Hi, Jesse. This list was put out by the Berkeley farmer’s market, where customers are able to purchase produce without plastic. Do you have a farmers market in your area? Or a food coop or natural foods store where produce is sold “naked”?
Farmer’s market is usually the best practice! Supermarkets will often use a lot of plastic to keep vegetables longer, while they cut them sooner, before they get ripe.
Where did you get the glass container w/ lid holding carrots in the photo?
I believe they are no longer manufactured, but you can still find them secondhand on eBay.
You mention storing things in the crisper in the fridge. Can I ask what your crisper drawers are made of? Mine are plastic, so storing produce in the crisper means they’re still being stored in plastic. So… did you buy special drawers made out of glass or something? Do you line the crisper with something so the produce doesn’t sit against the plastic drawers? Or…?
I line it with a cotton towel.
I find a homemade beeswax wrap works well for storing salad greens from the garden.
I get stuck in the ziploc rut. I have a huge vegetable garden and can a lot of it, but I also end up filling a chest freezer with enough food until the next year’s crop is ready to eat. Do you know how I can store fruits and veggies long-term without plastic?
Can u store in hard plastic or bamboo reusable containers?
There are reusable silicone bags on amazon. They seal just like a ziplock bag.
I keep my baby greens in the paper bag I buy it in at the farmers’ market and they easily last 5 days in the fridge!
Thanks for this great resource! What kind of material do you recommend for the cloth? Cotton? Muslin? Other? Or will any material do? I have microfiber cloths, would that work? Thanks!
Hi, Erika. Cotton/muslin is great. I wouldn’t use microfiber, as it is a petroleum-based polymer product and may shed plastic fibers.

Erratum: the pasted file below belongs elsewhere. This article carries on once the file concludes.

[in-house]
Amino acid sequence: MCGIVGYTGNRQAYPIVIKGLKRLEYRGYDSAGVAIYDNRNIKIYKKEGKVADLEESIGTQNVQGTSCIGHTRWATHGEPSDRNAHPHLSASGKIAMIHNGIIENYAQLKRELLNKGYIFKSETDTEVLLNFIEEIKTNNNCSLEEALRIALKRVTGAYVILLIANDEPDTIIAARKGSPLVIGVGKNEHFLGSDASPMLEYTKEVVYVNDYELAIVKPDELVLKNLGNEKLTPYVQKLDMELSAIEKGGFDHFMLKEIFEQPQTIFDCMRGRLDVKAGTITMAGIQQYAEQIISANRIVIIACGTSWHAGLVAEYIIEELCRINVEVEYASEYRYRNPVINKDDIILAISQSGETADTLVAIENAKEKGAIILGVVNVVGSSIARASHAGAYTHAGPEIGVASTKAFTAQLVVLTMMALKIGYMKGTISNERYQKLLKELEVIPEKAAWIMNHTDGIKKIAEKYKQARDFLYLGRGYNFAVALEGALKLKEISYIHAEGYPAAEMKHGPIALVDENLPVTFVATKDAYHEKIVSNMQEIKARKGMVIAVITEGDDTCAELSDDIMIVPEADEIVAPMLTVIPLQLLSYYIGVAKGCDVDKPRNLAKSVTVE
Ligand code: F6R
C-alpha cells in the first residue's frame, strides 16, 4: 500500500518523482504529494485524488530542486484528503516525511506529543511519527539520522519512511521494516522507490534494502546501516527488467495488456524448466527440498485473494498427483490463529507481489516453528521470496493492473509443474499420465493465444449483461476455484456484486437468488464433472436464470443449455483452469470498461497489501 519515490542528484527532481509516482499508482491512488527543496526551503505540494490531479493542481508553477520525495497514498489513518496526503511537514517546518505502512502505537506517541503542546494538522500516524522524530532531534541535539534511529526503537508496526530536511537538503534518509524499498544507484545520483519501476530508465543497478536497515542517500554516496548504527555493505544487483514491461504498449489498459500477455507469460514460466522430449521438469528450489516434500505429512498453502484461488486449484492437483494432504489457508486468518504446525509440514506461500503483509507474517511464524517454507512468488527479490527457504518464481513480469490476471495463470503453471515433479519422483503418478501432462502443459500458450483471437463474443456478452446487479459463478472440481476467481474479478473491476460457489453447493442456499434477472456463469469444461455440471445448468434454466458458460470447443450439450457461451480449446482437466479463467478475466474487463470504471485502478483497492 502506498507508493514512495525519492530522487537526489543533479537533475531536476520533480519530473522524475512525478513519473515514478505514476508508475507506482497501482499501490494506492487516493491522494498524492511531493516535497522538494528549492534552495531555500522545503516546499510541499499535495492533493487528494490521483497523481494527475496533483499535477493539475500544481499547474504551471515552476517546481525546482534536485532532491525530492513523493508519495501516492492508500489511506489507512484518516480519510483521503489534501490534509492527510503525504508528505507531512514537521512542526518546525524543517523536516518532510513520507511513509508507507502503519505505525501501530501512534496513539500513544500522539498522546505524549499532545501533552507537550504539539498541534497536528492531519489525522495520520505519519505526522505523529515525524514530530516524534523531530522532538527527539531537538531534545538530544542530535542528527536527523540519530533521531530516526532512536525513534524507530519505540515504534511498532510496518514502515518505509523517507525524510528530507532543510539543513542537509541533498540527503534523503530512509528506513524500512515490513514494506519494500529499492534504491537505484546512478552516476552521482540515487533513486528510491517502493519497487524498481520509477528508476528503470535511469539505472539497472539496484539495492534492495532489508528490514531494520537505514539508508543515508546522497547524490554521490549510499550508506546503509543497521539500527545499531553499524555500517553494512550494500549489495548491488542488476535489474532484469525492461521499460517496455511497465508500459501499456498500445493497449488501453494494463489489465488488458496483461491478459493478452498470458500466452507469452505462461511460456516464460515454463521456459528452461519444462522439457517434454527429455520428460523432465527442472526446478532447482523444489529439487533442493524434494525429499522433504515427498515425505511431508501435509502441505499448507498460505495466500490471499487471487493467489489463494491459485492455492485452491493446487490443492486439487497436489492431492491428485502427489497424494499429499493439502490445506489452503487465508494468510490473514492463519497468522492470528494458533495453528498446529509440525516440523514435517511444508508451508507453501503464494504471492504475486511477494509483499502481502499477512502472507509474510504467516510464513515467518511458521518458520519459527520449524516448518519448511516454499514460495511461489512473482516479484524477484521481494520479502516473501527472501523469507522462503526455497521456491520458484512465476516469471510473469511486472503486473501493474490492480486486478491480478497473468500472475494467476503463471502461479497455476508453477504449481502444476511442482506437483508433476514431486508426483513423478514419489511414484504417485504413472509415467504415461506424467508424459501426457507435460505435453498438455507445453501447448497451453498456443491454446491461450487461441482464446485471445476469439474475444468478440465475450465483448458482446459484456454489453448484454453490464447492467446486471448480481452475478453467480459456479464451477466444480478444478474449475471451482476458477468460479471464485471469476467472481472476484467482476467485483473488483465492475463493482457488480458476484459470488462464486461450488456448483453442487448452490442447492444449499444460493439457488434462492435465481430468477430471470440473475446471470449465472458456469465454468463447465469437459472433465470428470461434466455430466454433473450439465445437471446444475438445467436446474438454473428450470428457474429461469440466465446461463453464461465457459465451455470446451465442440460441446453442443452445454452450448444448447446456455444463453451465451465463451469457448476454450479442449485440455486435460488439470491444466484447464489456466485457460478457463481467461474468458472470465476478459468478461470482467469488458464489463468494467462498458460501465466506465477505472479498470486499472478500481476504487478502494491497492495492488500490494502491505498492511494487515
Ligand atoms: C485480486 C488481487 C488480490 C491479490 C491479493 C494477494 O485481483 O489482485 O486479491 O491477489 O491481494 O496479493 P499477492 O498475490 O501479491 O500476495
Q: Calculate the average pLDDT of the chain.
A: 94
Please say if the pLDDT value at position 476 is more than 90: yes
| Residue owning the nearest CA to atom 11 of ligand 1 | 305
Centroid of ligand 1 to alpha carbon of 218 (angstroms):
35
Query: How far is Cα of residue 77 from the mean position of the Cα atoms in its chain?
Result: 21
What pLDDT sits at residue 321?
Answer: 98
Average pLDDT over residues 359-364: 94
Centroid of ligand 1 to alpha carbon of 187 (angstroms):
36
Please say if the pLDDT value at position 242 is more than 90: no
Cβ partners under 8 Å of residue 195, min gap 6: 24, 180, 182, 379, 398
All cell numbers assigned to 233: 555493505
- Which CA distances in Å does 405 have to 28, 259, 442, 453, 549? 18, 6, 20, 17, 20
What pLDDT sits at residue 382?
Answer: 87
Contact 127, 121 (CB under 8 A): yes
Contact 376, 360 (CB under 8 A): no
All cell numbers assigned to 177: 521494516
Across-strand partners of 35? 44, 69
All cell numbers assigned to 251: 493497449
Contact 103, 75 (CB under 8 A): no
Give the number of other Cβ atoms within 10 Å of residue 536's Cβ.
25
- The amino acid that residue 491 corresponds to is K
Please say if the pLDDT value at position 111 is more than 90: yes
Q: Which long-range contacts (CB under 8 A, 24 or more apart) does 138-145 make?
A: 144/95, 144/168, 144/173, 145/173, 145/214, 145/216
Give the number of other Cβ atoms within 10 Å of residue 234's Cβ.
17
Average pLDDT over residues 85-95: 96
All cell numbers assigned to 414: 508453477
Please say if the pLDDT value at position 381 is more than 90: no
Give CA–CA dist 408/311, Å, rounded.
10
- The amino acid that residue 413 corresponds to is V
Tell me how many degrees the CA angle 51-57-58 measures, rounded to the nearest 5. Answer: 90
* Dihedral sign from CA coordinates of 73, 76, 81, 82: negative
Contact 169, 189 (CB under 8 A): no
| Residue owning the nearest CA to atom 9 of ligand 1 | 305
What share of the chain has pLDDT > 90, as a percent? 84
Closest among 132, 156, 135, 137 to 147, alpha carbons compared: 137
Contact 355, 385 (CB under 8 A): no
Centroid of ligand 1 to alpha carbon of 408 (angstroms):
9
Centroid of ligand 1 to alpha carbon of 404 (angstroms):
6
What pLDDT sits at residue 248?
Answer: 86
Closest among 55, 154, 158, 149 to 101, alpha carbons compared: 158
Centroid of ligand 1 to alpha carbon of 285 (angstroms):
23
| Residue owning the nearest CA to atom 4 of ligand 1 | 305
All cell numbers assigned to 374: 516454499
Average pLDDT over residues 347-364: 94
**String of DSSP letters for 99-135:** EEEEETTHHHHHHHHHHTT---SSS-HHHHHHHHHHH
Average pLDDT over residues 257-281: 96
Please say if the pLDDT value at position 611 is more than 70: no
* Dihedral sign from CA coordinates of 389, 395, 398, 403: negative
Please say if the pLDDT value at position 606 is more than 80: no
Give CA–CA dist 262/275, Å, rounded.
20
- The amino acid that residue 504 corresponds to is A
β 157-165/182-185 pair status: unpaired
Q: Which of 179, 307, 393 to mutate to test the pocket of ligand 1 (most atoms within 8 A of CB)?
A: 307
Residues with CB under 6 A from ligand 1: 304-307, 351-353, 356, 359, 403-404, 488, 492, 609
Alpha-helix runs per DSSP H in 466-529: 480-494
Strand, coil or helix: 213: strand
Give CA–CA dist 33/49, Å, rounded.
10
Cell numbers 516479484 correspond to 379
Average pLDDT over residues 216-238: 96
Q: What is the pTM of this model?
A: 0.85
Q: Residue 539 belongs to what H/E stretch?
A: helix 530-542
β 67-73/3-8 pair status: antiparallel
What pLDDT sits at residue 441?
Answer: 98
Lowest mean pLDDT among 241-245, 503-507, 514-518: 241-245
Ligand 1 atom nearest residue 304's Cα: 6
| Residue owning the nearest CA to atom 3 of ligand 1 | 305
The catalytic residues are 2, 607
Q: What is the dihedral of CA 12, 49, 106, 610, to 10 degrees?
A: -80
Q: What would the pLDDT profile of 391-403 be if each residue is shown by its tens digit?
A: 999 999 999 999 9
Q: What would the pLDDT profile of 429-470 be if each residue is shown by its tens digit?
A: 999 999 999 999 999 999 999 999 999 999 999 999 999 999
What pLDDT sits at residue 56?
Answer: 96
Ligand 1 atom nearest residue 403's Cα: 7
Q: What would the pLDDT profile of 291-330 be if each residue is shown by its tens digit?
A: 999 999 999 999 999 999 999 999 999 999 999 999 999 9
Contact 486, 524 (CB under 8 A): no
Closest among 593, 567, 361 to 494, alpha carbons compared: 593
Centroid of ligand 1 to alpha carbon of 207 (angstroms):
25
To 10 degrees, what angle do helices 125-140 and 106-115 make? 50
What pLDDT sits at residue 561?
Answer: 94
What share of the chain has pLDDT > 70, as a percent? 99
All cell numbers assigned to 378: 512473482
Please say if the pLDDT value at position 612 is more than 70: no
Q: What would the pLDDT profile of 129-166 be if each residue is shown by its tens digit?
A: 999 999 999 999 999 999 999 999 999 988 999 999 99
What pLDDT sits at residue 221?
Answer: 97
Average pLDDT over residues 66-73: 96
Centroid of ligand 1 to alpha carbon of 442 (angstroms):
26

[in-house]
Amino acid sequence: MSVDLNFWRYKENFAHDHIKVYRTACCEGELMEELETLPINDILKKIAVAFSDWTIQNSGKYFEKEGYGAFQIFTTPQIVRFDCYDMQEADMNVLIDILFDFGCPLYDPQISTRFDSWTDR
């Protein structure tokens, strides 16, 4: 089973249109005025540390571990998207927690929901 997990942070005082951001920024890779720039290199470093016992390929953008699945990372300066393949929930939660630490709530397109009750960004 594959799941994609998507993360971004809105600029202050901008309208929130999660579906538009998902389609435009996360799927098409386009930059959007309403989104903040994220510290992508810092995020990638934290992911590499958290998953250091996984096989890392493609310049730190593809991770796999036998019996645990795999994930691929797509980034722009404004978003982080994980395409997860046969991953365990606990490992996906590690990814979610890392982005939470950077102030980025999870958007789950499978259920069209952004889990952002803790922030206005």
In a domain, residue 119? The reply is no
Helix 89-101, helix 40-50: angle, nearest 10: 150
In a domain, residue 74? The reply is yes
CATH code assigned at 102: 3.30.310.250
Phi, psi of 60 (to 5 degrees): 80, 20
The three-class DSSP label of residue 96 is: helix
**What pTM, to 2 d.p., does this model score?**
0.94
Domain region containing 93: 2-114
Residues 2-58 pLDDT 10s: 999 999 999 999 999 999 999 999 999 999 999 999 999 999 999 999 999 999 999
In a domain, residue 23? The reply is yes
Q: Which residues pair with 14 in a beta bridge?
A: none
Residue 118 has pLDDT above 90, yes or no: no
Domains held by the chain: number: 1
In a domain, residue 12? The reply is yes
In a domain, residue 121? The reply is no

What do you mean by a wet towel? A wet fabric towel or a paper towel?
A wet fabric towel.
How do you store lettuce in a non-plastic airtight container in the fridge? What is an example of a type of container that you might use?
Hi Richard. Here are examples of airtight stainless containers you could use. They are pricy compared to plastic, but they will last a lifetime. And they come in all different sizes.
Thank you this is awesome
What about storing fresh ginger? I’ve been wrapping it in a paper towel and then storing it in a plastic bag, but it tends to mold. If I leave it just out, it tends to shrivel. What’s the best way to store fresh ginger and turmeric?
Just keep it loose in the fridge. It will keep for many weeks
Put it unpeeled in a glass jar and cover with white wine. Lasts for weeks and the wine can be used to flavor sauces, etc. Use just as much as you need and put the rest back.
It is better to twist the top of beetroot rather than cut it off. If you cut it off it will bleed when you cook it.
Interesting article, but I would think this would use a good deal of water. Which as we all should know, is not a resource to be squandered.
Not if you use the water on your plants
Thank You!!!! I’ve been looking for ways to get rid of plastic when it comes to produce!
Much appreciated. For leafy greens I wash and shake off excess water and wrap in thirsty towel
I keep lettuce and loose salad greens in a thick cotton kitchen rag, well thigh, in the fridge.
Whoops forgot to mention I also find if I wash the berries (blueberries, strawberries, etc) immediately after I get home from the store in vinegar diluted by water. Then air dry and store in a bag or jar. They don’t seem to last much longer and less likely to get moldy.
I’ve found keeping lettuce and kale in mason jars in the fridge work very well as well. They seem to keep so much longer this way and not wilt.
The best way to keep basil is in a vase. If you don’t have a way to grow your own, buy at the store with long stems attached. Keep it out on the counter or on your kitchen table just like freshly cut flowers. It lasts more than a week and makes the room smell so good!
mushrooms should be stored in brown bag..if not used,will dry and then can be reconstituted with hot water..
Best place I found on internet. I’m trying to move plastic bag free here in Brasil!! Love the site!
I have great success storing loose salad leaves, herbs and most veggies in cotton/muslin bags, damp (wet and wring out well) in the veggie crisper of my fridge. The humidity helps darn near everything (not mushrooms or eggplant) tho, and they keep a really long time.
In answer to storing loose salad greens, try glass mason jars. I wash my greens and dry them thoroughly, then pack them in the storage jars where they stay fresh about a week. I’ve even used my FoodSaver jar attachment to keep them fresh a little longer.
This is a fantastic resource!
But no mention of how to store grapes- sealed container or no? Moisture added?
Do you buy romaine head lettuce or regular head lettuce?
I buy a head of butter lettuce… when I buy lettuce. Honestly, I don’t really like lettuce, but that’s just a personal thing.